After the draconic storyline of the Tyranny of Dragons arc, the Dungeon Masters at Wizards of the Coast decided to give us something a little more … elemental in the newest published adventure scenario for the Dungeons & Dragons tabletop roleplaying game.
Enter Princes of the Apocalypse, the centerpiece of a multimedia story arc called Elemental Evil, which also encompasses a module for the free-to-play MMORPG Neverwinter and the Temple of Elemental Evil board game.
At over 250 pages, Princes of the Apocalypse is over twice as long as each of the previous adventure modules combined. Five of those pages are something new for D&D adventures these days: a lavish afterword consisting of concept art for the story’s iconic elemental cultists. (More, please.)
Four cult dedicated to evil elemental powers have infiltrated the North, bringing destruction to the Forgotten Realms. The cults’ agents are everywhere — but who are they, and what are their plans? When you don’t know whom to trust, knowledge is your only weapon.
Princes of the Apocalypse is everything you need to run a campaign from levels 1-15, pitting your players against the elemental cults in a desperate bid to avert absolute devastation. The hardcover book is packed with keyed maps, vivid descriptions and illustrations, new spells and a new player race: the elemental genasi. You don’t even need the D&D game’s iconic core rulebooks, just a free PDF containing the basic rules; there’s also an Elemental Evil Player’s Companion just for this adventure, which is available as a free PDF download from DNDClassics.com.
Princes of the Apocalypse continues Wizards’ recent tradition of outsourcing adventure design, in this case to Richard Baker’s Sasquatch Game Studio. (The previous two linked Tyranny of Dragons adventures, Hoard of the Dragon Queen and Rise of Tiamat, were crafted with Kobold Press, and Green Ronin Publishing has credits in the next product, Out of the Abyss — but more on that later.)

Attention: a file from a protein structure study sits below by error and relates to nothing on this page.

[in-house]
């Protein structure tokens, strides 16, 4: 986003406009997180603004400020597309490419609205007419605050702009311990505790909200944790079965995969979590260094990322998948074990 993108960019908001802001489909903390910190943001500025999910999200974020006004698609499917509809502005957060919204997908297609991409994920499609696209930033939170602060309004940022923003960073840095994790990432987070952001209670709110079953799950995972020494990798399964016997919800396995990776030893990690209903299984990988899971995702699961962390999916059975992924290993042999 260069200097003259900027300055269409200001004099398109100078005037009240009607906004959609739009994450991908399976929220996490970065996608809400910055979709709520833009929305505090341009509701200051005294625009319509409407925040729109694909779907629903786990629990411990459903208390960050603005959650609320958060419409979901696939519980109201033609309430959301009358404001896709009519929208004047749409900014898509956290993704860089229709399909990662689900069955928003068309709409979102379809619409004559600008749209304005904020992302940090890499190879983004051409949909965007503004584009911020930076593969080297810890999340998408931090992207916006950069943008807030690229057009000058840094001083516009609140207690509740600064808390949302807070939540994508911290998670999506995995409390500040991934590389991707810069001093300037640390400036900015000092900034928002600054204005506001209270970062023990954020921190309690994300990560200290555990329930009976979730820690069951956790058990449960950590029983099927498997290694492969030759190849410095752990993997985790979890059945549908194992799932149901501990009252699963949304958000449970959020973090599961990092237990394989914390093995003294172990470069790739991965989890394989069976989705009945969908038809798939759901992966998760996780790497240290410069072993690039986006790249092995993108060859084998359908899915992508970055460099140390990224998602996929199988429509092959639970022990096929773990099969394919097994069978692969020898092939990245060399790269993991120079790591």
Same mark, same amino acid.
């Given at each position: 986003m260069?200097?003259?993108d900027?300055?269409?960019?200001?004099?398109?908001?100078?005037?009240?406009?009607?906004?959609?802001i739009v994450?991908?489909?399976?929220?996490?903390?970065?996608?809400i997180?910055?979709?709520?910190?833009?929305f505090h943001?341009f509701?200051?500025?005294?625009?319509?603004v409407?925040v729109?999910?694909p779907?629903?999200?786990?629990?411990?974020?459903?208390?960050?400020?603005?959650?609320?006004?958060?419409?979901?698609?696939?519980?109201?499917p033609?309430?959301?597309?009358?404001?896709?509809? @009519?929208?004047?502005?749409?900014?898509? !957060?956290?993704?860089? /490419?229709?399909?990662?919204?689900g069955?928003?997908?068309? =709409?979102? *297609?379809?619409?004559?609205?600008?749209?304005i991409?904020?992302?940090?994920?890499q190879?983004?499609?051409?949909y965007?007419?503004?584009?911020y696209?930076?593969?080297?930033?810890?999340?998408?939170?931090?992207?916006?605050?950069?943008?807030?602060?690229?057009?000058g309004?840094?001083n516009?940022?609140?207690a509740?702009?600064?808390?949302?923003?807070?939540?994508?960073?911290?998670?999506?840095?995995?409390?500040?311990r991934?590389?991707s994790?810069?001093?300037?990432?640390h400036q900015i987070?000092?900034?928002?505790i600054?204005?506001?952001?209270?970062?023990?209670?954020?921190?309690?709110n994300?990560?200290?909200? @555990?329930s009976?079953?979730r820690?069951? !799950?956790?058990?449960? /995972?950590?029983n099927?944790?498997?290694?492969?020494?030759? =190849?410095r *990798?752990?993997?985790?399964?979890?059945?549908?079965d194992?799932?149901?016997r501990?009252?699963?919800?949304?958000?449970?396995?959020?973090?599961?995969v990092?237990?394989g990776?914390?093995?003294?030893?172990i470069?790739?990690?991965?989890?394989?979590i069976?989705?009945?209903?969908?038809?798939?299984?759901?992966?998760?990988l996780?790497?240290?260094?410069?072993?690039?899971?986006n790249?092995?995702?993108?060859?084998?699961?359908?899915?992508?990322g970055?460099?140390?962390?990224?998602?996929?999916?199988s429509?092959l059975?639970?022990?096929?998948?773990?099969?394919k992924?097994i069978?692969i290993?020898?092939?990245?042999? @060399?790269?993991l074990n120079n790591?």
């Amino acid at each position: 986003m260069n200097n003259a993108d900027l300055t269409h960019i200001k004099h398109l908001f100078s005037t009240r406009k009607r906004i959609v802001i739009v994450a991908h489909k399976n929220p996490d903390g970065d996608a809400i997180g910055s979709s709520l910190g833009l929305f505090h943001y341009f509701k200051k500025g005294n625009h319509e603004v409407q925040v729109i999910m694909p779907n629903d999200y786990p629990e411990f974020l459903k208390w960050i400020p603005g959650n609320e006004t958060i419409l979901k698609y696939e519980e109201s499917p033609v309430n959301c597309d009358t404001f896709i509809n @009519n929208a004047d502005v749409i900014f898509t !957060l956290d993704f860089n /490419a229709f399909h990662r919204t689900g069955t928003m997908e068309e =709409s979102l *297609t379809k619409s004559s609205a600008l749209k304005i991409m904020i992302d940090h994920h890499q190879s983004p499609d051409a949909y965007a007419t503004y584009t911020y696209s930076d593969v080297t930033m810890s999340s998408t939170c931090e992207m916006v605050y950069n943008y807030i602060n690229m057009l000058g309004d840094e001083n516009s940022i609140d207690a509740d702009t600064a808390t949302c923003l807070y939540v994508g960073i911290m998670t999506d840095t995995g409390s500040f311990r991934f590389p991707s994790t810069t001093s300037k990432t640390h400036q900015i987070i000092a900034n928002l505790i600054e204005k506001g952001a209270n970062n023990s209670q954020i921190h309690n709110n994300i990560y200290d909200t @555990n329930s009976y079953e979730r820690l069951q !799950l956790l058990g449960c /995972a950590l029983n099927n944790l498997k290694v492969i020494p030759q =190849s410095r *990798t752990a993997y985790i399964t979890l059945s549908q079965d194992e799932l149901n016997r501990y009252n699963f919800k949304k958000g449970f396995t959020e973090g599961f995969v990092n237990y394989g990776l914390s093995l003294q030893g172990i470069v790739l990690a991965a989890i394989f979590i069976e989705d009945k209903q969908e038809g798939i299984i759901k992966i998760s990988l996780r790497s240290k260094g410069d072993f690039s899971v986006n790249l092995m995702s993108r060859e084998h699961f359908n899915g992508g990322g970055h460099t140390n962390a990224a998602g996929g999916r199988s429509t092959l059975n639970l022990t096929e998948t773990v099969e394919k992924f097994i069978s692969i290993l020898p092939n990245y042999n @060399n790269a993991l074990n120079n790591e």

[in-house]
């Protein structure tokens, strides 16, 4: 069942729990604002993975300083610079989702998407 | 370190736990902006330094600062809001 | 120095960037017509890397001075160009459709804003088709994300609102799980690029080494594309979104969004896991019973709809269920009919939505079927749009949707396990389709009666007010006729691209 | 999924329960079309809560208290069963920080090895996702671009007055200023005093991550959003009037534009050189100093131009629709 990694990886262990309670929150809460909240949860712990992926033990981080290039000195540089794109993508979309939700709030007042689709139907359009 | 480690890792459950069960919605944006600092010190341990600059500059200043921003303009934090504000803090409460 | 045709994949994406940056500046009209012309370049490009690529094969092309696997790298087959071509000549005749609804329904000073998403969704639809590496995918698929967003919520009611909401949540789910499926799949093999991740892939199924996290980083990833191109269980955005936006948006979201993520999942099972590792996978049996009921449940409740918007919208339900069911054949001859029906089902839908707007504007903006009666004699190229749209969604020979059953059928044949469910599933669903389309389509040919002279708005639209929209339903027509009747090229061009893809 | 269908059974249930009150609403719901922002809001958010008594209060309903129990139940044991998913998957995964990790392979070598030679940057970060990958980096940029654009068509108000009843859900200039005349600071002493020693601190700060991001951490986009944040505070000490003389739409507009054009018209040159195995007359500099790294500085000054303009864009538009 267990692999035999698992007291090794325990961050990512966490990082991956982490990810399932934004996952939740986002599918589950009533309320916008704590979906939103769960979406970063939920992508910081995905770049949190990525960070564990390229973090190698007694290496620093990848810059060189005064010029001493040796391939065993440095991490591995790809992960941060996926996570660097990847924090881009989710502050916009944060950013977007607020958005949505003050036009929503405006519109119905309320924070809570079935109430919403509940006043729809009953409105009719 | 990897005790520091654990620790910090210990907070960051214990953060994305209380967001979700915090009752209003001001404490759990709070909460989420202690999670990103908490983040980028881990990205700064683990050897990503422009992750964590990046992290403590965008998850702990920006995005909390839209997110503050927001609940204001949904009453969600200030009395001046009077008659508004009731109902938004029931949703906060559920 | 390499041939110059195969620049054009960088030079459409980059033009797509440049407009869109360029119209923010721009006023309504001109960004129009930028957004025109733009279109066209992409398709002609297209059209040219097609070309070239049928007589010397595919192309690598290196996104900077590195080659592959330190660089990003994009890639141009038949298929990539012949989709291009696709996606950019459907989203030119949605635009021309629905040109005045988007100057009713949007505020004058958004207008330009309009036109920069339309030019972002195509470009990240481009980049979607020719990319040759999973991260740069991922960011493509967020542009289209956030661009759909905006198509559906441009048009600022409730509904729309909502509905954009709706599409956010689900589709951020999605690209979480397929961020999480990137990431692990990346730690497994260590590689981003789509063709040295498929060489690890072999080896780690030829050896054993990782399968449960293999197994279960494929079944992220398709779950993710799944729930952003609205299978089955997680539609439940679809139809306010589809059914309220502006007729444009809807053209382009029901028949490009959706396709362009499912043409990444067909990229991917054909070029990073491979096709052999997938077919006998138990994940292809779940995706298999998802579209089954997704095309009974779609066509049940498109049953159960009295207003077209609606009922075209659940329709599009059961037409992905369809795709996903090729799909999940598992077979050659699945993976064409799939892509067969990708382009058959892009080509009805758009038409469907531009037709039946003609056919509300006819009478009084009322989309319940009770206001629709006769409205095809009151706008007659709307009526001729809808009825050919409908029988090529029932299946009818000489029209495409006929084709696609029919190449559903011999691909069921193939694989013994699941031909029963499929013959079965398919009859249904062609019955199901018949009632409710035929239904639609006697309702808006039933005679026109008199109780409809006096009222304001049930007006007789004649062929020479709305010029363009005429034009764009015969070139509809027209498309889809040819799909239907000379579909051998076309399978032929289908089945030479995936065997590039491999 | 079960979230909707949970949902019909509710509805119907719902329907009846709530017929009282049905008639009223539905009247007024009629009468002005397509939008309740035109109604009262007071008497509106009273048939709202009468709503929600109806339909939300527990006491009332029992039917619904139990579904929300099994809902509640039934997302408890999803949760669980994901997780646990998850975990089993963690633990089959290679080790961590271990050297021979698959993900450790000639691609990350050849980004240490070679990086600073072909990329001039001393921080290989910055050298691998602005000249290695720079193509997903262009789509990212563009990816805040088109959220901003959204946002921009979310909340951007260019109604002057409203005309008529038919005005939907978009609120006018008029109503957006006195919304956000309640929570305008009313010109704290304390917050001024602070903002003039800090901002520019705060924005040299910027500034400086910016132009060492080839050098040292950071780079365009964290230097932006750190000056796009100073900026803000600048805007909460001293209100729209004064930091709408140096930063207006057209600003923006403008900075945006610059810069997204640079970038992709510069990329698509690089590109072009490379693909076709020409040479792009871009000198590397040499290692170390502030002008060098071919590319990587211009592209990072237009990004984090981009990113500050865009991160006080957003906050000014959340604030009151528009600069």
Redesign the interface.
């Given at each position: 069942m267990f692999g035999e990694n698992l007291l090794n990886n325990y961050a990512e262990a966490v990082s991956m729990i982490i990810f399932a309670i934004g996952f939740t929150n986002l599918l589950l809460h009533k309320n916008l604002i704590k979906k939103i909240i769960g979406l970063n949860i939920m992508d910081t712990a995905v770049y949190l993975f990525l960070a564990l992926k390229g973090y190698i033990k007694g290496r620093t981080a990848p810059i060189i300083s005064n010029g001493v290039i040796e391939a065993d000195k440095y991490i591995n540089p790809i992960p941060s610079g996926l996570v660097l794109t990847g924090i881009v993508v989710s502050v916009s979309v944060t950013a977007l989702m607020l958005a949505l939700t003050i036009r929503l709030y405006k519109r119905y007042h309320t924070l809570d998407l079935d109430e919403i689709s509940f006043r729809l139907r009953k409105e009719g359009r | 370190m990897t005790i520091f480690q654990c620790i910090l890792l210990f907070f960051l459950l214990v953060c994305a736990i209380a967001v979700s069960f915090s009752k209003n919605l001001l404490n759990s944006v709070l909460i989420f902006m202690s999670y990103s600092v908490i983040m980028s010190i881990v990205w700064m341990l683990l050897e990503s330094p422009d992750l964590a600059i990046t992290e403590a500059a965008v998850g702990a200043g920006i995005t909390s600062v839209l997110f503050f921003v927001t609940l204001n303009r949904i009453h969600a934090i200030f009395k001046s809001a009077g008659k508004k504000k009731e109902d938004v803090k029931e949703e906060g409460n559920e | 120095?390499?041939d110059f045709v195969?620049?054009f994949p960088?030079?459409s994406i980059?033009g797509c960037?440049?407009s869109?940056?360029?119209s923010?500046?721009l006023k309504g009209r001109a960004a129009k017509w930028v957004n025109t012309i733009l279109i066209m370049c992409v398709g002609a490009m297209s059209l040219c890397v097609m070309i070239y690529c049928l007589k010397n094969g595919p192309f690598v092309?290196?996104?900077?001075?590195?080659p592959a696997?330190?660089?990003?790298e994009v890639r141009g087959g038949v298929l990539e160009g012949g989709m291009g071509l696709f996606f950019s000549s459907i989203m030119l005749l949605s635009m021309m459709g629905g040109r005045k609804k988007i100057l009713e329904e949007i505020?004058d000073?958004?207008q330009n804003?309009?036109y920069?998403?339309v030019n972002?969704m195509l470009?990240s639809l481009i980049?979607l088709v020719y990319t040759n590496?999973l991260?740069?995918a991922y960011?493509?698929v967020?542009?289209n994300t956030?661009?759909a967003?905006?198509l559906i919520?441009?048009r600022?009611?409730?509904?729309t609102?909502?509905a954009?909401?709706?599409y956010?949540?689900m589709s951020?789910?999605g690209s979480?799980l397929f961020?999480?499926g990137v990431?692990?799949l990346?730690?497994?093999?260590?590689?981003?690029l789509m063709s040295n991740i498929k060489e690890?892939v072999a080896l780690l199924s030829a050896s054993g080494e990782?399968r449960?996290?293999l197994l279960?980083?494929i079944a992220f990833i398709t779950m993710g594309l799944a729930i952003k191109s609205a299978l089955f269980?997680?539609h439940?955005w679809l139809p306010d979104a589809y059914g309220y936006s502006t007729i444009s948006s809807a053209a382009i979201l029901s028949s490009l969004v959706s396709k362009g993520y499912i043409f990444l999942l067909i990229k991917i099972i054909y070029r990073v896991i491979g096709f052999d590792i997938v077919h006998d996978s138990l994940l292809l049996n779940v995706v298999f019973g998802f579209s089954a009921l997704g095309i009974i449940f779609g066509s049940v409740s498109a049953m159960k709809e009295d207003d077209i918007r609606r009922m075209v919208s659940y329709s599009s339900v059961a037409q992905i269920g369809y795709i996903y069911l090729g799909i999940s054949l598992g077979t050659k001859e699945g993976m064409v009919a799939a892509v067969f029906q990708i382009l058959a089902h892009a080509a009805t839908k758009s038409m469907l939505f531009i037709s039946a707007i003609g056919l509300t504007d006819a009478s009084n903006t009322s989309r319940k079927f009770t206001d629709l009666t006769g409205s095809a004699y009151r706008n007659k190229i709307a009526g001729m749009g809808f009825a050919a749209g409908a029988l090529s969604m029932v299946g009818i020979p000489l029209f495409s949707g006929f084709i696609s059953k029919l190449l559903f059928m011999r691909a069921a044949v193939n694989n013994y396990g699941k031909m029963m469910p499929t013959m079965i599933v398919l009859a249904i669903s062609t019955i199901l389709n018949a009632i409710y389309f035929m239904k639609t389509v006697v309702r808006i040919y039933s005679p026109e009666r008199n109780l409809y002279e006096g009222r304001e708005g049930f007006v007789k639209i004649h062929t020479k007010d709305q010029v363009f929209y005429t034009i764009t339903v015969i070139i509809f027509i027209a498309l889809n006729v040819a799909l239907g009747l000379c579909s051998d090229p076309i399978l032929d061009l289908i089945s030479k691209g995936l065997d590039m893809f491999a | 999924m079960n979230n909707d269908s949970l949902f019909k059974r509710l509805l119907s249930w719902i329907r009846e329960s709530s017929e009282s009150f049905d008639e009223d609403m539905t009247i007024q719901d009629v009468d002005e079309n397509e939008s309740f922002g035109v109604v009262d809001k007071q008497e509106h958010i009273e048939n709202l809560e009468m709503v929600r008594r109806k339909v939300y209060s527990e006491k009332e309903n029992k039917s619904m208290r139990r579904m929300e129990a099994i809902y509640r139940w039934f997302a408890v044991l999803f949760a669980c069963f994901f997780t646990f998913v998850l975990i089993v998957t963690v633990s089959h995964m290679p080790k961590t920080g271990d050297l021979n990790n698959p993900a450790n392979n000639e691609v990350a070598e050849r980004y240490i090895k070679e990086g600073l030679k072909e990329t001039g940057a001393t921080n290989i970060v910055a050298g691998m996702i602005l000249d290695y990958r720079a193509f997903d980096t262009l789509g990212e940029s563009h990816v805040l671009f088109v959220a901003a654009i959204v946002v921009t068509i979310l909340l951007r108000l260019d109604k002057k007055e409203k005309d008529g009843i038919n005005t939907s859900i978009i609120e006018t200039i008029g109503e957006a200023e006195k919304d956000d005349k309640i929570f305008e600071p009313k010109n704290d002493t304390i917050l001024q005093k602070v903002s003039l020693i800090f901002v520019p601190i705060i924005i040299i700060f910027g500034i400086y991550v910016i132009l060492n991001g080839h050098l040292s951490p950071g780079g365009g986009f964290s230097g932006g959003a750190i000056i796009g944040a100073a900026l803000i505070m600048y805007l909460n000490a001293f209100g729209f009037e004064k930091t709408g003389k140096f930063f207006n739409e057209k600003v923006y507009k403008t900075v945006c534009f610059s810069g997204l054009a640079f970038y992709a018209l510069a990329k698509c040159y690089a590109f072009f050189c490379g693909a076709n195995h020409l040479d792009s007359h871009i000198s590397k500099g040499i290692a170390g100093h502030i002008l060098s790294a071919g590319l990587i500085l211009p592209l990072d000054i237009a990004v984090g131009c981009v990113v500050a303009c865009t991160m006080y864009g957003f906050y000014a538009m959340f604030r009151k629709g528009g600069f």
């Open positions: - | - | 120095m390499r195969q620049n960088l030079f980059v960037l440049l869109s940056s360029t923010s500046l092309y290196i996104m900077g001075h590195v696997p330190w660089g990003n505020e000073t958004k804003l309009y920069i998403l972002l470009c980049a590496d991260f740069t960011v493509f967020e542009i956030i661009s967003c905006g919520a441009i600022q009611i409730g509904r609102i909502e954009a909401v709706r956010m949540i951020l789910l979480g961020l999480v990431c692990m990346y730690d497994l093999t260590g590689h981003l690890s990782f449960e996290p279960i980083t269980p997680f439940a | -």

Perhaps the biggest improvement I see with Princes is the pages themselves. Gone are the thick, matte cardstock pages of the previous two hardcover adventures. Princes’ pages are glossy, light (but sturdy) and beautiful, just like those in your Player’s Handbook, Monster Manual or Dungeon Master’s Guide — the way a full-color D&D book is meant to be. I don’t know if this change is a function of simply being a bigger book, but it’s certainly welcomed. Bear in mind that Hoard of the Dragon Queen and Rise of Tiamat, the two previous volumes, formed one story arc (or not — they also can stand on their own). They were cheaper individually to buy than Princes, but also more expensive if you had to have them both: while each entry in the Tyranny arc would set you back $30, Princes comes in at $50.
Some diehards may be rankled by the fact that Princes of the Apocalypse takes the old-school D&D classic adventure The Temple of Elemental Evil and transplants its concepts from its original setting of the World of Greyhawk into the Forgotten Realms, which is Wizards of the Coast’s chosen setting these days. But Princes of the Apocalypse is no conversion of Temple to the new rules — you can do that fairly easily for yourself using the AD&D 1st Edition adventure on the secondary market or via PDF from DNDClassics.com (which was offered for free a couple years back but now goes for $15, though it’s currently marked down to $9.99).
This adventure is a spiritual successor to Temple, not an outright reboot, and it’s perfectly in line with Wizards’ practice of encouraging portability of content between campaign worlds. DMs have been doing this for themselves at home for decades, after all.
Up next: Rage of Demons — Out of the Abyss
The next storyline after Elemental Evil will be Rage of Demons, featuring Forgotten Realms icon Drizzt Do’Urden the heroic drow (dark elf), possibly the most loved/hated character in the Wizards stable. The subterranean Underdark features prominently along with demon lords such as Orcus and Demogorgon. Once again, the story arc will cross media, reaching into PC and console gaming as well as the tabletop.
The D&D adventure module for this campaign is titled Out of the Abyss, and is being designed for Wizards by Green Ronin, a respected company behind such games as A Song of Ice and Fire Roleplaying, the Dragon Age RPG and the amazing Freeport setting. Out of the Abyss, due in fall, will also be a $50 hardcover adventure.
Hopefully the pages will be nice and glossy, too.